Throwing clay decanters and bottles can be a good way to challenge yourself when you become proficient at pottery wheel throwing. While some people may opt for a cork stopper, Tabatha Trolli-Diloreto prefers making her stoppers out of clay so that her bottles and stoppers hang together.
In today’s post, an excerpt from the Pottery Making Illustrated archive, she shares all the details on how she makes the stopper component. – Jennifer Poellot Harnetty, editor.
Throwing the Stopper Parts
For the bottom part of the stopper that extends into the bottle, throw a few pounds of clay off the hump (1), into a closed hollow form approximately 1 inches tall and eye the width of your bottle opening. Imagine the top of a baby’s bottle for the form. I close the form by pulling up until my finger no longer fits inside and then shape and close using my metal rib and fingers. At this point measurements are all by eye. The surface on this portion is either smooth or sometimes textured with a descending spiral (2). Addressing the surface can help it aesthetically relate back to all the other elements of the piece. Cut it off the hump.
If today’s post got you excited to take on some more challenging projects, the clear, in-depth instruction on Jennifer Allen’s Intermediate Wheel Throwing is perfect for you! The video covers complex techniques such as throwing off the hump, making larger pieces from two parts, and throwing and assembling non round forms. Jennifer also covers plates, pitchers, and lidded containers, presenting variations on each that will help you find the technique and style that works best for you.
I like to throw multiple stoppers, so I’ll have different proportions to choose from when pairing them with the bottle form. Set these aside until they are ready for assembly.
To create the bulbous top of the stopper that will be seen above the rim of the bottle, throw a bottomless dome form using a little less than 1 pound of clay on a bat. This will be a closed dome that is tapered at the base of the form (3, 4). Let the top firm to a little less than leather hard.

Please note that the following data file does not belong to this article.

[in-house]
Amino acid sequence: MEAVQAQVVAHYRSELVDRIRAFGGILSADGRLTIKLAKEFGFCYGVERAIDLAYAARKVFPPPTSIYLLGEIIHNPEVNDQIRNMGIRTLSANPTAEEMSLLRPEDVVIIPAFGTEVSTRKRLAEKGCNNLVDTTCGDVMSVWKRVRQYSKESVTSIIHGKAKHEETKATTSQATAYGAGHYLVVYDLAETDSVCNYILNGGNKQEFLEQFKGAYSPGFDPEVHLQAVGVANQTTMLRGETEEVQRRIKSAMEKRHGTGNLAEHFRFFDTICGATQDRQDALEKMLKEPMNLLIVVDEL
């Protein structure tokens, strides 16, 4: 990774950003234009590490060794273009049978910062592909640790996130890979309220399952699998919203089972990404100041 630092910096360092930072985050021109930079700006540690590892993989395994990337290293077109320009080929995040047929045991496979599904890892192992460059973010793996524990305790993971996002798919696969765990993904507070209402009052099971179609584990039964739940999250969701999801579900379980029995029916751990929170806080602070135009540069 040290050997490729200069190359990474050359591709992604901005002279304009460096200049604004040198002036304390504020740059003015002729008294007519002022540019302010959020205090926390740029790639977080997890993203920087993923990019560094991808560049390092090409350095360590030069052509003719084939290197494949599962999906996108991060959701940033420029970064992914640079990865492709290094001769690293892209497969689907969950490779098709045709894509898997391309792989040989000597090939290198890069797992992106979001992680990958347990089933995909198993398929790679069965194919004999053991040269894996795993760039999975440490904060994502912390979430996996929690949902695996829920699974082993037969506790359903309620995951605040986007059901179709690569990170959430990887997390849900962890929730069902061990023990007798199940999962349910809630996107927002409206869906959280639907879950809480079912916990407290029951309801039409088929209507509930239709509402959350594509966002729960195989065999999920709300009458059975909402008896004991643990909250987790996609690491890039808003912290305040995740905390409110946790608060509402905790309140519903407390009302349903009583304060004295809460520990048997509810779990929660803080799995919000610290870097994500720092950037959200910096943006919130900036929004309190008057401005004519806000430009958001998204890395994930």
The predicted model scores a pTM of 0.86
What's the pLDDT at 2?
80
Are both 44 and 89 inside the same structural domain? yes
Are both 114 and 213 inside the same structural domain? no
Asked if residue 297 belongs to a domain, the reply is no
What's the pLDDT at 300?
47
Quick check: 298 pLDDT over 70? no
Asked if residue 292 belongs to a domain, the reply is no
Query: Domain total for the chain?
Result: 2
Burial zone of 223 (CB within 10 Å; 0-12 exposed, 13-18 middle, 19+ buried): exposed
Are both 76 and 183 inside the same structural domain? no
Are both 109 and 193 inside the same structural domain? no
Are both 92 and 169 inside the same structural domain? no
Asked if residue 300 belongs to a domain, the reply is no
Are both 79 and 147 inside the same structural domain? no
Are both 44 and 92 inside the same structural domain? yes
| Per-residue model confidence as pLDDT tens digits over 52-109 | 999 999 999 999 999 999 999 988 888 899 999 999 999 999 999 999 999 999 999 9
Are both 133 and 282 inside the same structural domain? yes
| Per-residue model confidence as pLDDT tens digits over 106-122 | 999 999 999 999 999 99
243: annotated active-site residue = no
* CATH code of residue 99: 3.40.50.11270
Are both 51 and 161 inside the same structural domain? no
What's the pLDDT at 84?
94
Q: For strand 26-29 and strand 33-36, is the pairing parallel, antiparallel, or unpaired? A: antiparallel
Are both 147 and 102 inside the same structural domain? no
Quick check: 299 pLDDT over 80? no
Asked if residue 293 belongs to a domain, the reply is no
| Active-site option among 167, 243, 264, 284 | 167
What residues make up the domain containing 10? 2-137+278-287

In order to create corners on the stopper that will relate to those on the bottle, while the wheel is spinning, use an X-Acto knife to make a circular cut through the top, wide enough to fit the end of a wooden trimming tool.
Tip: It’s helpful to make a registration mark between the two pieces before removing the cut segment, so it fits perfectly when it comes time to replace the cap. Trim the topper right side up while it’s still connected to the bat. Using calipers as a guide, measure the opening of the bottle and the base of the trimmed topper.
Using the same wooden tool as you did for the bottle, push out four corners that will relate to those on the bottle (5). Score, slip, and reattach the top, then use a soft rubber rib to blend in the cut line. Set this form aside.
Finishing the Stopper
Next, use the neck of the leather-hard bottle to do a dry fit of where the stopper bottom needs to be cut (6). Decide where to make the cut according to how the stopper fits into the neck. Avoid having the bottom portion of the stopper extend above the line of the rim. Mark the line, then use an X-Acto knife to make a level cut all the way around the stopper.
Next, use a wooden rib to impress lines on the soft leather-hard topper (7)—these lines will coincide with those already impressed on the bottle. When both pieces are at soft leather hard, score, slip, then attach the two parts together (8).
Note: When fitting the topper and the stopper together, make a beveled edge on each piece to create a nice transition.